Album Review: Glass Animals // Dreamland

Drenched in warm, honeyed vocals and tunes referencing heatwaves and tropical fruit,Glass Animals return with a timely pairing for the sweltering August weather: Dreamland.

When the future is uncertain, turn to the past — at least that’s what the Oxford natives’ frontman Dave Bayley did after the band’s drummer, Joe Seaward, was in a serious cycling accident in 2018. Suffering a brain injury and broken leg, Seaward had to relearn how to walk, talk and read again; but as witnessed in our show review in February, he’s made a full recovery. It was during this uncertain time that Bayley looked to his past and pulled from fond memories to create a collection of woozy, tropical tunes that make up the band’s third album, Dreamland.

On-and-off again lockdowns have made everyone nostalgic and glued to their phones, which is why Glass Animals asks you to disconnect and take a trip down memory lane and recall warm, fuzzy thoughts. “Pulling down backstreets deep in your head / Slippin thru dreamland like a tourist,” sings Bayley on the title track, inviting listeners to sit back, relax, and journey through his fluid and vibrant thoughts. It’s a different tone than the band’s past albums, but then again, the band has grown up and evolved since their last record dropped in 2016. Like a lullaby, the track rocks you along with its Bayley’s soft vocals humming sweet nothings against a twinkly bassline and gentle steel drums.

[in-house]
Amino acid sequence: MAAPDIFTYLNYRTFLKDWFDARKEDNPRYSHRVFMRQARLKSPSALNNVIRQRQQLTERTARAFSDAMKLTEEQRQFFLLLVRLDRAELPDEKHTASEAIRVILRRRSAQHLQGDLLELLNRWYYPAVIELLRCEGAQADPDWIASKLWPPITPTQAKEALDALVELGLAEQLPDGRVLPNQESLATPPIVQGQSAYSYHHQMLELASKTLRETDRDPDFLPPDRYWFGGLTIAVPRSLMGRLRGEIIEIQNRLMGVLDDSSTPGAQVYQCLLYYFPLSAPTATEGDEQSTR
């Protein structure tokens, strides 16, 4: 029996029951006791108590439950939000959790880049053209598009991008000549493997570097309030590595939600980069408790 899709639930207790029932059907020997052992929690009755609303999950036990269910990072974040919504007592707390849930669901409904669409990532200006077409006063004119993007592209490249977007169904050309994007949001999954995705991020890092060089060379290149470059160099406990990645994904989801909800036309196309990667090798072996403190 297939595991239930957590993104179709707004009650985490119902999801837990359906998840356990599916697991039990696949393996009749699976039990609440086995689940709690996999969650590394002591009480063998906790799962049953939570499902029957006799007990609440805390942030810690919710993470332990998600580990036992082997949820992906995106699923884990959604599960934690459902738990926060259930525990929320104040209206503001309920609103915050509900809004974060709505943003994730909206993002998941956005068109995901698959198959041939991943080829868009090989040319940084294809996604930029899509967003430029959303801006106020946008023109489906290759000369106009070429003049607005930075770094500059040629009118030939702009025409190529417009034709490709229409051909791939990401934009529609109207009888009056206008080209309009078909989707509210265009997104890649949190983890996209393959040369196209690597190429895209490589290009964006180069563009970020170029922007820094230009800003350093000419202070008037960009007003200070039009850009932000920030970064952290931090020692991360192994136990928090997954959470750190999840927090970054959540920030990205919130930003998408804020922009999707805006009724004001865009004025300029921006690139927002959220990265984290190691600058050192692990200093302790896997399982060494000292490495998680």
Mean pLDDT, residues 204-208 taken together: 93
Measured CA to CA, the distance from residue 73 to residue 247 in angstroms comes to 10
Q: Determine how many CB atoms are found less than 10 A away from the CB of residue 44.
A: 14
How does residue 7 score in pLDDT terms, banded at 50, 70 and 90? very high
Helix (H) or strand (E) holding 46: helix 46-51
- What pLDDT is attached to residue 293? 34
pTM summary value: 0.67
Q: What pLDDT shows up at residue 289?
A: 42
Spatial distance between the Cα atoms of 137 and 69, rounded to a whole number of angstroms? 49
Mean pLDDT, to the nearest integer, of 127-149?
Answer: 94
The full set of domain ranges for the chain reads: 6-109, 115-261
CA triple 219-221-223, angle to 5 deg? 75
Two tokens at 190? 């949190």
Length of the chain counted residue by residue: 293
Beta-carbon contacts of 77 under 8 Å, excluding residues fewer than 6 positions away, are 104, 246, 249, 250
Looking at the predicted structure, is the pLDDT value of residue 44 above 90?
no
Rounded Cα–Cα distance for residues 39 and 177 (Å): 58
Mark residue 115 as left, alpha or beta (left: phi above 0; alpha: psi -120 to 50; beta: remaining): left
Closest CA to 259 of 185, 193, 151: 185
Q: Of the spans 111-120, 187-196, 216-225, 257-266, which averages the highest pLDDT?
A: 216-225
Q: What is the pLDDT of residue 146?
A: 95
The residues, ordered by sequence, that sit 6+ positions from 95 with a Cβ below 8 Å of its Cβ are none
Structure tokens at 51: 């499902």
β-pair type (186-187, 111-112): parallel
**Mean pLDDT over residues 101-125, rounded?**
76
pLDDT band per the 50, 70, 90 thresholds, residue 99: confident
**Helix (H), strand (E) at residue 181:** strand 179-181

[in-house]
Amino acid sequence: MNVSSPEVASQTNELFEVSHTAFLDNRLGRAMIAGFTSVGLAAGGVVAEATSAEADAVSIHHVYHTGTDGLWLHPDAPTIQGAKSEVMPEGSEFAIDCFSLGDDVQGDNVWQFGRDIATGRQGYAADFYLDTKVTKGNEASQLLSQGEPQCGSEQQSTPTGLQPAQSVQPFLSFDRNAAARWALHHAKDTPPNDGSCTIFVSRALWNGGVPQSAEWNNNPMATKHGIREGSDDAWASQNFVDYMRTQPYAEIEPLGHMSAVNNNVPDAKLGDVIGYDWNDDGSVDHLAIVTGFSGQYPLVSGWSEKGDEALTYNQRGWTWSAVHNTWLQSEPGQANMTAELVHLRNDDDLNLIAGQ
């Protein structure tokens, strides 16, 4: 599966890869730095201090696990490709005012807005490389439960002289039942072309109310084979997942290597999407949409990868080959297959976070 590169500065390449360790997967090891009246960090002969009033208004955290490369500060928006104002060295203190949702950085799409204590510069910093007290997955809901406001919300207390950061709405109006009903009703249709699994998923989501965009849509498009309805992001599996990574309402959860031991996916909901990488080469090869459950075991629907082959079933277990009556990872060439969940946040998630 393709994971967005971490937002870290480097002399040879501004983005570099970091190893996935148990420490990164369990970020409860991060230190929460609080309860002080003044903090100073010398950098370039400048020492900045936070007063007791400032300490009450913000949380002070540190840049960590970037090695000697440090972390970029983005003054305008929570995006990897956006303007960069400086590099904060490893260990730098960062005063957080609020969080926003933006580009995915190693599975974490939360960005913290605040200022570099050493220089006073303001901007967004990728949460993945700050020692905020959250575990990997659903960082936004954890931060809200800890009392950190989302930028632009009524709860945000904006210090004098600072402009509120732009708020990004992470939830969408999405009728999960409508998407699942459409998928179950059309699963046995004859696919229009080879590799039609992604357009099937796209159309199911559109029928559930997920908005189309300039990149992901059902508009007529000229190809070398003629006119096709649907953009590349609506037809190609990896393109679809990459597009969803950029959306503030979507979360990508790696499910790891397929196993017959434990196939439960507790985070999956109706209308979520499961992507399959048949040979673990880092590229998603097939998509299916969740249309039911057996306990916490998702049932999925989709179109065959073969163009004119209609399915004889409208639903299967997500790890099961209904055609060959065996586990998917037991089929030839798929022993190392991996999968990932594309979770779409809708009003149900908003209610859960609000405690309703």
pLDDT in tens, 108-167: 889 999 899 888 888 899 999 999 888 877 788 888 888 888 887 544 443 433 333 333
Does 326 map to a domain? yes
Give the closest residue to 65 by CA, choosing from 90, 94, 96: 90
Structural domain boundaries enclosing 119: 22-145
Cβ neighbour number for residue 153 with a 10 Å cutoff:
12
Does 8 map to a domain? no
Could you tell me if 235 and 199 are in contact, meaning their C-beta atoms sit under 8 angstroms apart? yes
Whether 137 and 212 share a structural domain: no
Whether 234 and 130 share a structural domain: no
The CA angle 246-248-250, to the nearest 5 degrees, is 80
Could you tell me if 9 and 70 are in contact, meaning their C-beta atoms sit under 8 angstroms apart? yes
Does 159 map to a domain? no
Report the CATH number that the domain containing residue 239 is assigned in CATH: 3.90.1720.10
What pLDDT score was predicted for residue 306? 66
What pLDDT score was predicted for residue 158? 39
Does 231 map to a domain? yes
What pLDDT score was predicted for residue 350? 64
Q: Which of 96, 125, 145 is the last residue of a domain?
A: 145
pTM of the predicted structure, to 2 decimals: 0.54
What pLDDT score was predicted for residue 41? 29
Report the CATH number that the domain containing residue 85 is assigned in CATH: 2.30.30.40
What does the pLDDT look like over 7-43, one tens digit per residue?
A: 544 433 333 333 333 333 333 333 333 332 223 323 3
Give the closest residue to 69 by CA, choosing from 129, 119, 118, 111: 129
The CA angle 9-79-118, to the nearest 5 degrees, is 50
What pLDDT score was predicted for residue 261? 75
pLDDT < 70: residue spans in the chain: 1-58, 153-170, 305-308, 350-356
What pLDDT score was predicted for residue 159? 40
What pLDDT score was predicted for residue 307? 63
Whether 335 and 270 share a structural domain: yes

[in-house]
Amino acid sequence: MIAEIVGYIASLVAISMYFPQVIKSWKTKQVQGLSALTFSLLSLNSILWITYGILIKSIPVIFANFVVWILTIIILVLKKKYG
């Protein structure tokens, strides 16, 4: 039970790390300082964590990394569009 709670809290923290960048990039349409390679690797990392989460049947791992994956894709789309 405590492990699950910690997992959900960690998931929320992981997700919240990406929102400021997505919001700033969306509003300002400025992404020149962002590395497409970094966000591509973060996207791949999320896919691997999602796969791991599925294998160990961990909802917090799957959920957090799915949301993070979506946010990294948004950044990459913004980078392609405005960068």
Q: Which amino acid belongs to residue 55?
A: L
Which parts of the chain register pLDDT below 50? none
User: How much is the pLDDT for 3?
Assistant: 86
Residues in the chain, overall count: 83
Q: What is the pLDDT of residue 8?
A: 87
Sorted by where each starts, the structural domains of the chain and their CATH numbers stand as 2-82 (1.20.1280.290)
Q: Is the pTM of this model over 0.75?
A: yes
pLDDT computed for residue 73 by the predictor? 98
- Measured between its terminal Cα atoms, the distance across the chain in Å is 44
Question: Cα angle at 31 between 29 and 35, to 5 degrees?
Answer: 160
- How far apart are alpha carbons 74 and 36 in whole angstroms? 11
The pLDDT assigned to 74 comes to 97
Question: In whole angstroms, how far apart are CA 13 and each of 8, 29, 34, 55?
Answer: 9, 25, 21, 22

Once listeners have made themselves at home in the world of Dreamland, Bayley’s unfiltered subconscious appears (often in a stream of consciousness) as he explores past relationships, coming of age stories, and general observations about life. It’s refreshing to learn more about Bayley’s life, given their sophomore album How to Be a Human Being told imaginary people’s stories. In typical Glass Animals fashion, ‘Tangerine’ is an electro-pop tune with a bouncy bassline and club track-essence that invites you to dance along as Bayley looks back at an old flame, begging “I wish I could show you more of yourself / I wish I could make you somebody else.” Elsewhere, he’s vulnerable and apologetic in ‘It’s All So Incredibly Loud’ as he shares, “Ooh, I’m breakin’ down / Whispers would deafen me now.”

Despite the slower start, the quartet dives into more gritty electro-pop on ‘Space Ghost Coast to Coast,’ fiery rap featuring Denzel Curry on ‘Tokyo Drifting,’ or in the case of fast-paced ‘Melon and Coconut,’ autotuned almost distorted-like vocals. There’s an eclectic mix on the record, often tied together with a punchy, zany twist or some more R&B elements. There’s a welcomed 90’s influence that’s been made into something modern, combining Bayley’s childhood memories with more current affairs. But at times, the record can feel somehow both repetitive yet mismatched, even with the help of the three ‘Home Movie’ interludes that are meant to break up the record.

There are plenty of standouts on the record, but they tend to be pre-released singles like ‘Heat Waves’ or ‘Your Love (Déjà Vu).’ For fans of Glass Animals, there’s something for everyone — from their electric dance numbers to emotive dream-pop ballads like closing track ‘Helium Melloness.’ What’s really missing from Dreamland is a magnetic, catchy number like their 2014 hit, ‘Gooey,’ or moving, heartbreaking song like ‘Agnes’ to round out the album. Still, Dreamland is quintessential Glass Animals by being upbeat and imaginative, but it just lacks a bit more clarity.


Dreamland is released this Friday, August 7th and is available to pre-order and pre-save now

Author avatar
Caroline Edwards

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